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Several States Fire Putnam As Fund Manager

Oct 31, 2003 |

Do you hear that giant sucking sound? Well, if you were in Boston, you might be able to it's the sound of money getting sucked out of Putnam funds.

Within the past 24 hours, three state pension plans fired Boston-based Putnam Investments as their plan manager in the wake of the fund-trading scandal that has engulfed the nation's fifth-largest fund company.

On Friday morning, the board that oversees the Rhode Island state employees' retirement plan voted to drop Putnam pulling its $651 million account. The Iowa Public Employee Retirement System also voted to oust Putnam from managing its $586 million plan. On Thursday, the Massachusetts state pension plan voted to withdraw its $1.7 billion out of Putnam's hands.

The latest developments mark the inevitable "other shoe" to drop on Putnam, the Marsh & McLennan unit that has been charged with separate civil securities fraud actions by state and federal regulators.

When asked Friday morning about Rhode Island's move, a spokesman for Putnam said, "We are disappointed about their decision, but hope that we will have the opportunity to manage investments for Rhode Island in the future."

Also Friday, the New York State Teachers' Retirement System said it fired Putnam as the manager of its pension portfolio, according to Reuters reports. Pennsylvania's teacher pension fund also fired Putnam from a $1 billion account, the reports said.

Earlier this week, the Securities and Exchange Commission and Massachusetts charged Putnam and two of its managers with civil fraud for engaging in improper trading in its international funds. The SEC says the investigation into Putnam is ongoing -- four other managers engaged in improper trading, according to Putnam. Massachusetts Secretary of the Commonwealth William Galvin also charged that Putnam committed securities fraud by allowing members of a New York boilermakers union to engage in trading in violation of the fund's policies.

The funds of Rhode Island, Iowa and Massachusetts constitute just over 1% of Putnam's $272 billion in assets, but this is likely to be the first trickle of a steady stream of outflows. Several other states, including California and Florida, have indicated that they may also dismiss Putnam from their pension plans.

Several fund-industry watchers had noted that state and corporate trustees for retirement plans might start dropping Putnam and other scandal-plagued fund firms from their plans because of the potential legal exposure they have as fiduciaries.

According to Mercer Bullard, University of Mississippi securities law professor and founder of fund-investor advocacy group Fund Democracy, pension plan fiduciaries are "once burned, twice liable" if they continue to invest in a fund that has been flagged for securities violations.

According to Putnam, four fund managers engaged in improper trading at the international funds they oversaw, and two other managers traded Putnam funds they didn't manage. According to published reports, Putnam said the four international fund managers generated profits of $500,000, while the other two managers generated $200,000 in profits. Putnam said it detected the trading activity in early 2000 and that the managers were identified and warned, but no disciplinary action was taken a point that has raised a chorus of angry voices asking why wasn't disciplinary action taken sooner.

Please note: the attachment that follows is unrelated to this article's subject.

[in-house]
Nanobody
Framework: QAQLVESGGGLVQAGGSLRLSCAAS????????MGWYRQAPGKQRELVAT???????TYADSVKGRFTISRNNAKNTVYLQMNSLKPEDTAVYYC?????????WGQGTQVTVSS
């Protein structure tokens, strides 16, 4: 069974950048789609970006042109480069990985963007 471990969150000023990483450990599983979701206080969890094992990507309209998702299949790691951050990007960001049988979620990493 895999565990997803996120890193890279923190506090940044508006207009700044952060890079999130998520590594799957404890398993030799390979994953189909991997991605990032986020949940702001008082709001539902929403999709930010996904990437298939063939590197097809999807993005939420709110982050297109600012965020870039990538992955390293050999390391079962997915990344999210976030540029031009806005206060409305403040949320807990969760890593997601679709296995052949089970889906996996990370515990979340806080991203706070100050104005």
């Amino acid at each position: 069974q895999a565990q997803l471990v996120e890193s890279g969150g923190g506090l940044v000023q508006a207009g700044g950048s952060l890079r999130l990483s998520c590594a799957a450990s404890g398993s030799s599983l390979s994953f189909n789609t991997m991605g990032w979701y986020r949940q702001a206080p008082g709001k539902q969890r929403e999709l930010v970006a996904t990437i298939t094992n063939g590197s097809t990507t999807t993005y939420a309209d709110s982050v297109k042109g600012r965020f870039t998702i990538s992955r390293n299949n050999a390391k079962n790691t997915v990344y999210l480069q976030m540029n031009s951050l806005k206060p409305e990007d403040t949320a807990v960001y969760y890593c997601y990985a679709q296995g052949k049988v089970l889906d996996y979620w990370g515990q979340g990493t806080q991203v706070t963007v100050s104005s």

The trading did not involve late trading of funds an illegal practice in which traders buy or sell a fund's shares after the 4 p.m. close but still get the earlier closing price. Apparently, the improper trading involved arbitrage of "stale prices" of international funds. This strategy involves "time-zone arbitrage," in which investors take advantage of the stale prices in the overseas stocks that a fund owns.

This strategy is not illegal on its face but clearly unethical for a fund firm or manager to engage in because it skims off the profits of long-term investors and raises their expenses because of the active trading. Meanwhile, many fund firms, including Putnam, say they work aggressively to curtail this type of market timing -- and do put obstacles in place for individual investors. Regulators say Putnam, and other implicated fund firms, have violated securities law by claiming to discourage market-timing in their prospectuses and then allowing it for a select few investors

Putnam is one of nearly a dozen mutual funds firms and the list is growing tainted by the stream of unseemly disclosures by regulators and fund firms themselves involving abusive trading practices that skimmed profits and raised expenses for long-term fund investors. It began Sept. 3, when New York Attorney General Eliot Spitzer announced a settlement with Canary Capital Partners, a New Jersey hedge fund, on Sept. 3.

In a 44-page complaint, Spitzer alleged Canary engaged in illegal and unethical trading in mutual funds. Canary paid $40 million in fines to settle the charges without admitting or denying guilt. The bombshell for the fund industry was that four fund firms allegedly entered into agreements with Canary, allowing the hedge fund to make illegal trades in exchange for Canary's parking millions of dollars into their funds which meant more fees for the fund firms. The four firms are Bank of America's Nations Funds, Bank One's One Group funds, Janus and Strong.

Since then, other firms have been implicated in market-timing or late-trading abuses, including Fred Alger Management, Alliance Capital, hedge fund Millennium Partners, Putnam and brokers Merrill Lynch and Citigroup's Salomon Smith Barney.

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